Somewhere Over the Rainbow is a magical song, isn’t it? As opposed to the endless number of trendy songs that soar to the top of the charts for a week or two and then are never heard from again, it’s a classic that has stood the test of time. There’s a reason for this. I’m sure part of the song’s popularity has to do with how well it sums up the storyline of one of the most popular movies of all time. As Dorothy sings it in The Wizard of Oz, she is a young teenager pining away, wishing she was anywhere other than on her aunt and uncle’s farm in Kansas. By the end of her marvelous adventure though, she is clicking her heels together and reciting the golden truth “there’s no place like home.” Somewhere over the rainbow, she finds out, is home.
Then too, there’s something haunting and poignant to see a seventeen year old Judy Garland singing a song that is so full of hope and optimism and to know that her life didn’t work out nearly as well as Dorothy’s does in the movie. But it’s not just Judy Garland. The version of SOTR that most of us hear today is a catchy, ukulele-based medley of SOTR and What a Wonderful World made by a Hawaiian singer named Israel Kamakawiwo in 1993. Kamakawiwo suffered from his own demons and died four years later at the age of 38. So with either version of the song, there is real world pain in the presence of other world longing.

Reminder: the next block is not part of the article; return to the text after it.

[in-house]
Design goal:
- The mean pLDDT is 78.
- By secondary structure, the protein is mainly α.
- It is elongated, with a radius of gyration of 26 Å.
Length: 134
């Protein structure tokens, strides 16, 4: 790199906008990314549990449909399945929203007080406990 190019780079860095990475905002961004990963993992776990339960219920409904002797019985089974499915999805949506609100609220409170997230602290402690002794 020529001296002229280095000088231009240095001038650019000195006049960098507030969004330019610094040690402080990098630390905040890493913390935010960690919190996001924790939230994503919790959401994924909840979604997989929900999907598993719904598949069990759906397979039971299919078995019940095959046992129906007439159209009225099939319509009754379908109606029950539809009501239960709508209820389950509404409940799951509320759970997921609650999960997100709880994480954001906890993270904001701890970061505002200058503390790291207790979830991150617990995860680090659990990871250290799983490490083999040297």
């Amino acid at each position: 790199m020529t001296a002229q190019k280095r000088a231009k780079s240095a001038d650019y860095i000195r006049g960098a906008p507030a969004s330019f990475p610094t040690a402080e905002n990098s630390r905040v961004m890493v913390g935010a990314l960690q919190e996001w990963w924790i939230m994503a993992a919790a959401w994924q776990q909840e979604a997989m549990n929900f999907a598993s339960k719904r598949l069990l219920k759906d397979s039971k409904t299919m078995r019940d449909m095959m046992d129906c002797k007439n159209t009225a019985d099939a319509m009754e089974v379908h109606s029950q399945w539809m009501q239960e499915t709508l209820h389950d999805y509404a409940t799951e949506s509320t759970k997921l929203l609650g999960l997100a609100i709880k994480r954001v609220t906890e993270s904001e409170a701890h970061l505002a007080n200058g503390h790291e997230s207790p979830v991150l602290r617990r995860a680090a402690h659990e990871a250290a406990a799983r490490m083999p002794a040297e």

All in all, the Bible has surprisingly little to say about heaven (or hell for that matter). It tells us enough about heaven to assure us that we want to go there and enough about hell to convince us we don’t want to go there. But it tells us nowhere near enough to satisfy our curiosity or our questions.
Having said that, I know this to be true about heaven: However else we are to understand it, it is our home. It’s the home that we long for deep in our heart of hearts when we’ve tasted the very best this life has to offer and though grateful, still know there must be something more. Heaven is what we want when we come to the realization that we are less earthly beings on a heavenly journey and more heavenly beings on an earthly journey. Heaven is our over-the-rainbow home.
Our earthly homes are fine and wonderful and we’ll take all of them that we can get, but just the same, they don’t compare with this home. In this home there is no cancer, chemotherapy, radiation, or nausea. There are no missing children, broken hearts, or buried dreams. There are no intensive care units where loved ones lie helpless, no funeral homes where we go to grieve, or cemeteries to walk numbly through. Heaven is where death is no longer alive.
In heaven we’ll be with the Father who made us, the Brother who died for us, and the Spirit who fills us. We’ll be with all of our spiritual family who have gone on before.
Heaven is somewhere over the rainbow. It’s belongs to those who belong to Jesus because it was made possible by His death and resurrection. If you know God, then you know all of this is not too good to be true. It’s too good not to be true.
And you know there is no place like home.